Snow Leopard

Snow Leopard
Snow Leopard cub (7 mos old) - Cape May County Zoo

Wednesday, June 1, 2011

Taking Your Dog's Heartworm Risk Seriously

I've always advocated year round heartworm prevention.  In my March 21st blog, I discussed what heartworm disease is, how dogs (and cats) get it and what excuses people have to NOT have their dog on preventative.

I was at a meeting the other night where some statistics really brought this to the forefront of my mind again. While many states (especially the drier, western states) haven't had heartworm in their mosquito populations, a little natural disaster called Katrina, has essentially brought heartworm to the entire lower 48.  

First of all, approximately 93% of dogs from New Orleans (and areas surrounding the city) ARE heartworm positive (and were at the time of Katrina). Mosquitoes thrive there and most of them ARE carrying the parasite. In addition, due to the area being generally economically depressed (for a LONG time), most people do NOT have their dogs on prevention.

There is NOT a single state or virtually any veterinary hospital that hasn't known at least one "Katrina dog" rescued by someone in their practice.  There were 80,000 dogs rescued from down there. Many of them were brought up here to the Northeast. I've seen quite a number of them over the past few years in several practices where I've worked.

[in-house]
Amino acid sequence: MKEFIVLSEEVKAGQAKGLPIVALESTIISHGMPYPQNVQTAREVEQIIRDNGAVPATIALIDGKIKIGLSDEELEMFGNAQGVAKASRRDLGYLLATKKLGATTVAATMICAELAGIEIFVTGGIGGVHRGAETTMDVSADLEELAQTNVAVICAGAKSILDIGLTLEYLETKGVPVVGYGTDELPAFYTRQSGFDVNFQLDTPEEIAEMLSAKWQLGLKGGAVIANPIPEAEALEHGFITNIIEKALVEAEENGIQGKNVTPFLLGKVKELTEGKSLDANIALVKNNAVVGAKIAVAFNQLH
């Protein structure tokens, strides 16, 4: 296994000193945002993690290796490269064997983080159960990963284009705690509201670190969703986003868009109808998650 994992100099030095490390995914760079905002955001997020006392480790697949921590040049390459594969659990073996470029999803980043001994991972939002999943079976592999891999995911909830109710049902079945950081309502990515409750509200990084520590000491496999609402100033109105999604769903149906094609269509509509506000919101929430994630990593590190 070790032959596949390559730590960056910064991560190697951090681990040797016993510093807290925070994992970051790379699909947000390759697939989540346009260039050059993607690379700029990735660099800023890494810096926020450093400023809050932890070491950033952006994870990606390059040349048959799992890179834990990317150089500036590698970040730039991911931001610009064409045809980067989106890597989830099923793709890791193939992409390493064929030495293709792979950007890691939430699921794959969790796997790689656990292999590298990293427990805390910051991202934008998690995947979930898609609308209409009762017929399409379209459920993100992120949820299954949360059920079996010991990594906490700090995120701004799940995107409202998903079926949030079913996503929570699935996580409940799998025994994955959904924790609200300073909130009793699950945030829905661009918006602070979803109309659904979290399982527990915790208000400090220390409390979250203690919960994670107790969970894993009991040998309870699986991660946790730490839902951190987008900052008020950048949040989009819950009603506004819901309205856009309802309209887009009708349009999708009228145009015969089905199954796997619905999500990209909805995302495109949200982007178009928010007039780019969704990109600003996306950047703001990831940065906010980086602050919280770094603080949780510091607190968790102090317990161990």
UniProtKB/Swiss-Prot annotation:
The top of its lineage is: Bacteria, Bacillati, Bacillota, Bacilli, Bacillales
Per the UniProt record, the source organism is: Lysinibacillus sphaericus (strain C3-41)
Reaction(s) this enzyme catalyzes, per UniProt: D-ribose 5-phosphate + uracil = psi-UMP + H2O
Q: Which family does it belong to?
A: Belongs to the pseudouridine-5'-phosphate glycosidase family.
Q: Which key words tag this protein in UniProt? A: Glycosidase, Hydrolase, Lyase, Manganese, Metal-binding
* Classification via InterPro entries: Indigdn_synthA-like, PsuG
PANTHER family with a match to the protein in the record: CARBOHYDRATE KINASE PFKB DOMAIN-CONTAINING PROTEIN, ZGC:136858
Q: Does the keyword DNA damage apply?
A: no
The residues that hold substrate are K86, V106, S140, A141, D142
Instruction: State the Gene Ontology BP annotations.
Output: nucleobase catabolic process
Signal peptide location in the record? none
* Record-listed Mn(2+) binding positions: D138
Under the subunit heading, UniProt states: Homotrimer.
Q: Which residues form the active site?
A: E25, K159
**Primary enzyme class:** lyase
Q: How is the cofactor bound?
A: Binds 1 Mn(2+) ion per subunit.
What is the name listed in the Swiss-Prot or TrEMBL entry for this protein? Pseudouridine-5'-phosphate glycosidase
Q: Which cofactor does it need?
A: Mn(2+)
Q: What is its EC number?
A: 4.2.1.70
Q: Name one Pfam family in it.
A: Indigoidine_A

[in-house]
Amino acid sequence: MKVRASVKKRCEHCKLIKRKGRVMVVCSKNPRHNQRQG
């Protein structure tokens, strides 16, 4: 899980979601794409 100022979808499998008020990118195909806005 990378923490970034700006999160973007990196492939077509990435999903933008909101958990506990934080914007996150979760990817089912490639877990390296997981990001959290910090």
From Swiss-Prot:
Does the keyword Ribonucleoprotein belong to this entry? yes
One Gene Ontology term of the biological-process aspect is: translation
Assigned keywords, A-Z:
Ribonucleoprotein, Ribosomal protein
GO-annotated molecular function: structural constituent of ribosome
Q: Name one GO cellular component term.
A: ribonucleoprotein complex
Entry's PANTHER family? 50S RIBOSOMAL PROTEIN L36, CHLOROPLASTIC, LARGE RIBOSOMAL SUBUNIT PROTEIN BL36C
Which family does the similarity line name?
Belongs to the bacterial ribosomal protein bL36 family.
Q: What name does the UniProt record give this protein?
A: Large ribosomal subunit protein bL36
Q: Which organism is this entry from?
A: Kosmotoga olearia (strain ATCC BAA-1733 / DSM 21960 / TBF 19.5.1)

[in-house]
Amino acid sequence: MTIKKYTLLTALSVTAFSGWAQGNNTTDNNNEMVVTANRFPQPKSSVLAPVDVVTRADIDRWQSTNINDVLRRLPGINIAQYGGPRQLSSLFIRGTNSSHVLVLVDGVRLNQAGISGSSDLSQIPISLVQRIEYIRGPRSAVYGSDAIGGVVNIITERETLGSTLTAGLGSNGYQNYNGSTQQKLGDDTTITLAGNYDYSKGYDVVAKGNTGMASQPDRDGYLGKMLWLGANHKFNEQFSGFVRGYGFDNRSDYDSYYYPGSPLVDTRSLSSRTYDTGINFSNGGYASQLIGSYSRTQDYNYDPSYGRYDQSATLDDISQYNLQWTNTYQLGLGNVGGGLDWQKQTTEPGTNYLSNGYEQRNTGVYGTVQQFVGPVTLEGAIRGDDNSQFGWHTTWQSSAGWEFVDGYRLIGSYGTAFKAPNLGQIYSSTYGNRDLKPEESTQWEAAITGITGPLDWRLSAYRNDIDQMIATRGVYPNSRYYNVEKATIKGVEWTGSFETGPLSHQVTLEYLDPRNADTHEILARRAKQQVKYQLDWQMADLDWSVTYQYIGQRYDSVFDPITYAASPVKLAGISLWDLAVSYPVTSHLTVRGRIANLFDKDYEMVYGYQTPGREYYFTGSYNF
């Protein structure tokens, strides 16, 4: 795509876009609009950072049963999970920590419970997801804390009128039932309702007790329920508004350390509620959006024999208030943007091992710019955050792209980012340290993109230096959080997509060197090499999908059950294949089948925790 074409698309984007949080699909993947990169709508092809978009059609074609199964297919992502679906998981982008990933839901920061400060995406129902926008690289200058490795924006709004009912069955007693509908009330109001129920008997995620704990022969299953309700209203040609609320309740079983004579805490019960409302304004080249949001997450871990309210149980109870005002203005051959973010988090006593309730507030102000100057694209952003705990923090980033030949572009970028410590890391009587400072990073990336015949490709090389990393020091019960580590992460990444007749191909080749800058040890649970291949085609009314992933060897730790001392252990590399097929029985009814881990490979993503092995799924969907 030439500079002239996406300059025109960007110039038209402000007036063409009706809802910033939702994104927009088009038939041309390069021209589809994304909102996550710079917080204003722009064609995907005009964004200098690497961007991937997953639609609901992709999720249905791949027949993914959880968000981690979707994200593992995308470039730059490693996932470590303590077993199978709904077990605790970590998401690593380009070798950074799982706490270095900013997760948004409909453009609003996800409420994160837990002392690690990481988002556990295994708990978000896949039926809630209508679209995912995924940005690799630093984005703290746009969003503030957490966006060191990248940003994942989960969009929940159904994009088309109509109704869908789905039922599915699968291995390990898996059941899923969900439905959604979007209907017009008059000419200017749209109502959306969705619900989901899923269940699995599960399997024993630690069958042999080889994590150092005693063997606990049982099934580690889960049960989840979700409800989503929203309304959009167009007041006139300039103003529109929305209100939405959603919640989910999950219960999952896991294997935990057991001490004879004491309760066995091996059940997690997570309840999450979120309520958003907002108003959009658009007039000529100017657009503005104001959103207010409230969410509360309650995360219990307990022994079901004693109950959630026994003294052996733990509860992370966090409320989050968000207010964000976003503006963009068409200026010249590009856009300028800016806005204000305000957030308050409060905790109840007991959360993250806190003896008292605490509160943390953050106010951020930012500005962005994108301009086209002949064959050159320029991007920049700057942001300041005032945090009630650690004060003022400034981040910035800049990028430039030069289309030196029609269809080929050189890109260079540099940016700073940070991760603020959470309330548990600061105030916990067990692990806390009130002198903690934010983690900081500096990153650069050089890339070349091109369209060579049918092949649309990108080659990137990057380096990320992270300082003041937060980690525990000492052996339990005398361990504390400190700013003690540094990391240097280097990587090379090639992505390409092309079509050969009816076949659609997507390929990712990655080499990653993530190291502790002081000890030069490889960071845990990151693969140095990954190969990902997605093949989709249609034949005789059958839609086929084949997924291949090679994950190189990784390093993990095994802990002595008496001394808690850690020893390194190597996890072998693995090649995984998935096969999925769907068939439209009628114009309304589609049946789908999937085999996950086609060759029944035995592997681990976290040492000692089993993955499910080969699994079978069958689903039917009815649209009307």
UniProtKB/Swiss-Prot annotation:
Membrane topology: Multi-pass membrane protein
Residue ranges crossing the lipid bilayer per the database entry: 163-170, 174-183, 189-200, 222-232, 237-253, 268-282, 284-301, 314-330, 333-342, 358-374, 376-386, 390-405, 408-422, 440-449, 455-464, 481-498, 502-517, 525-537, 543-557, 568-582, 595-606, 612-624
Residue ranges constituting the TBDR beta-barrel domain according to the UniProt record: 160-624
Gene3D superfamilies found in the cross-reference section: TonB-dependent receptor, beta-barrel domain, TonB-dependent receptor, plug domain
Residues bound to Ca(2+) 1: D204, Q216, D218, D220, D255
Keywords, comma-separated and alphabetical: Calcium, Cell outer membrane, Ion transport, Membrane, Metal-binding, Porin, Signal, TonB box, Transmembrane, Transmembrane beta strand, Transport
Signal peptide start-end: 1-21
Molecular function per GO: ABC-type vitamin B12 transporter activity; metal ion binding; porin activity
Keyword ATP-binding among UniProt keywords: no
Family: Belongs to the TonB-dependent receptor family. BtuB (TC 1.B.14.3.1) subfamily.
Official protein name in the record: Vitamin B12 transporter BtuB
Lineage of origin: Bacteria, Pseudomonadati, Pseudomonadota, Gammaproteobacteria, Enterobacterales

Compounding THIS entire problem is that little disease I mentioned in the blog April 8th  (that I told you WAS absolutely going to affect you as a consumer and even as a pet owner). As it turns out, a single bat can consume 800 mosquitoes PER HOUR. Yes, so multiply that by hundreds, even thousands of bats. AND now, they are saying that it is looking like we are going to lose the majority, if not ALL, of our bat population. No I am not kidding. 

So, we brought heartworm dogs up to our area (which already had some positive mosquitoes) and now we have one less predator for those nasty mosquitoes.  

The key thing on this is that in the next 5-10 yrs we can expect to see an increase in cases here as this truly becomes endemic to most areas.  

As for the felines, 90% of cats will clear the infection and never get the adult heartworms, but for those that do, sudden death can be the only "sign" - if you can call it that! Indoor kitties need to be on prevention too (do you get mosquitoes IN your house? I know I do!). My favorite product for them is Revolution - a topical once a month treatment. 

We have products that are nearly 100% effective and backed by the companies that make them.  

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